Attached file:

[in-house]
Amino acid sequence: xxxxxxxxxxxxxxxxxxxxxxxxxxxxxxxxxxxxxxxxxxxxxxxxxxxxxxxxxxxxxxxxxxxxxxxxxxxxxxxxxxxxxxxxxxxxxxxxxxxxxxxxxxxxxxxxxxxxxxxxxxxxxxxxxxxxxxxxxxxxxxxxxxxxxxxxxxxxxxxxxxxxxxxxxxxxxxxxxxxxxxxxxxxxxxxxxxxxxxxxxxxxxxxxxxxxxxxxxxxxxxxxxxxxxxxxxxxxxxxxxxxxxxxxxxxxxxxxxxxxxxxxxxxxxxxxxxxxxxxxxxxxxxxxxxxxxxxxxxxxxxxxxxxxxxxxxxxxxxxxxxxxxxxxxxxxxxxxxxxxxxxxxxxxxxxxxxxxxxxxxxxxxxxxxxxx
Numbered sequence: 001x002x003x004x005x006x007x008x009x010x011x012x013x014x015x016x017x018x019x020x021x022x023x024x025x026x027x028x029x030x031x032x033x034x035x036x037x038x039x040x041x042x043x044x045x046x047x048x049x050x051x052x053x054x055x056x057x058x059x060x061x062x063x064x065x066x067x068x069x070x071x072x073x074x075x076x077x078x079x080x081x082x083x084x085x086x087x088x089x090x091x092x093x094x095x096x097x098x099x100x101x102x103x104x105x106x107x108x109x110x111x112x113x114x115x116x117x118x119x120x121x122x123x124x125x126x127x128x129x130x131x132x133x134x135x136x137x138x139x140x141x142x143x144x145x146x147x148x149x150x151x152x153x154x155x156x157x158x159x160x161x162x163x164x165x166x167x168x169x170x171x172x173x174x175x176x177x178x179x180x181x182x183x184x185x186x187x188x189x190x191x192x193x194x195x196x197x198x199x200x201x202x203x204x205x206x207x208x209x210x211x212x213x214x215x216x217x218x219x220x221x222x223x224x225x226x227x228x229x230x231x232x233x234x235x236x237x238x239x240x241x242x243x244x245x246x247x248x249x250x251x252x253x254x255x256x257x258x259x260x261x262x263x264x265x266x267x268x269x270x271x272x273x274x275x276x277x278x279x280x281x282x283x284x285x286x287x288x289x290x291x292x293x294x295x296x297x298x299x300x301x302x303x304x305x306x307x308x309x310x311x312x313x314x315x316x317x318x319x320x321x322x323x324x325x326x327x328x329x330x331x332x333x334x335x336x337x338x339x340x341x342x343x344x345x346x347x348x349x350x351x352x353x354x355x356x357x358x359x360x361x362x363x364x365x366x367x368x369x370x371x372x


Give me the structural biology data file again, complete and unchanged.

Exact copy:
[in-house]
Amino acid sequence: xxxxxxxxxxxxxxxxxxxxxxxxxxxxxxxxxxxxxxxxxxxxxxxxxxxxxxxxxxxxxxxxxxxxxxxxxxxxxxxxxxxxxxxxxxxxxxxxxxxxxxxxxxxxxxxxxxxxxxxxxxxxxxxxxxxxxxxxxxxxxxxxxxxxxxxxxxxxxxxxxxxxxxxxxxxxxxxxxxxxxxxxxxxxxxxxxxxxxxxxxxxxxxxxxxxxxxxxxxxxxxxxxxxxxxxxxxxxxxxxxxxxxxxxxxxxxxxxxxxxxxxxxxxxxxxxxxxxxxxxxxxxxxxxxxxxxxxxxxxxxxxxxxxxxxxxxxxxxxxxxxxxxxxxxxxxxxxxxxxxxxxxxxxxxxxxxxxxxxxxxxxxxxxxxxxx
Numbered sequence: 001x002x003x004x005x006x007x008x009x010x011x012x013x014x015x016x017x018x019x020x021x022x023x024x025x026x027x028x029x030x031x032x033x034x035x036x037x038x039x040x041x042x043x044x045x046x047x048x049x050x051x052x053x054x055x056x057x058x059x060x061x062x063x064x065x066x067x068x069x070x071x072x073x074x075x076x077x078x079x080x081x082x083x084x085x086x087x088x089x090x091x092x093x094x095x096x097x098x099x100x101x102x103x104x105x106x107x108x109x110x111x112x113x114x115x116x117x118x119x120x121x122x123x124x125x126x127x128x129x130x131x132x133x134x135x136x137x138x139x140x141x142x143x144x145x146x147x148x149x150x151x152x153x154x155x156x157x158x159x160x161x162x163x164x165x166x167x168x169x170x171x172x173x174x175x176x177x178x179x180x181x182x183x184x185x186x187x188x189x190x191x192x193x194x195x196x197x198x199x200x201x202x203x204x205x206x207x208x209x210x211x212x213x214x215x216x217x218x219x220x221x222x223x224x225x226x227x228x229x230x231x232x233x234x235x236x237x238x239x240x241x242x243x244x245x246x247x248x249x250x251x252x253x254x255x256x257x258x259x260x261x262x263x264x265x266x267x268x269x270x271x272x273x274x275x276x277x278x279x280x281x282x283x284x285x286x287x288x289x290x291x292x293x294x295x296x297x298x299x300x301x302x303x304x305x306x307x308x309x310x311x312x313x314x315x316x317x318x319x320x321x322x323x324x325x326x327x328x329x330x331x332x333x334x335x336x337x338x339x340x341x342x343x344x345x346x347x348x349x350x351x352x353x354x355x356x357x358x359x360x361x362x363x364x365x366x367x368x369x370x371x372x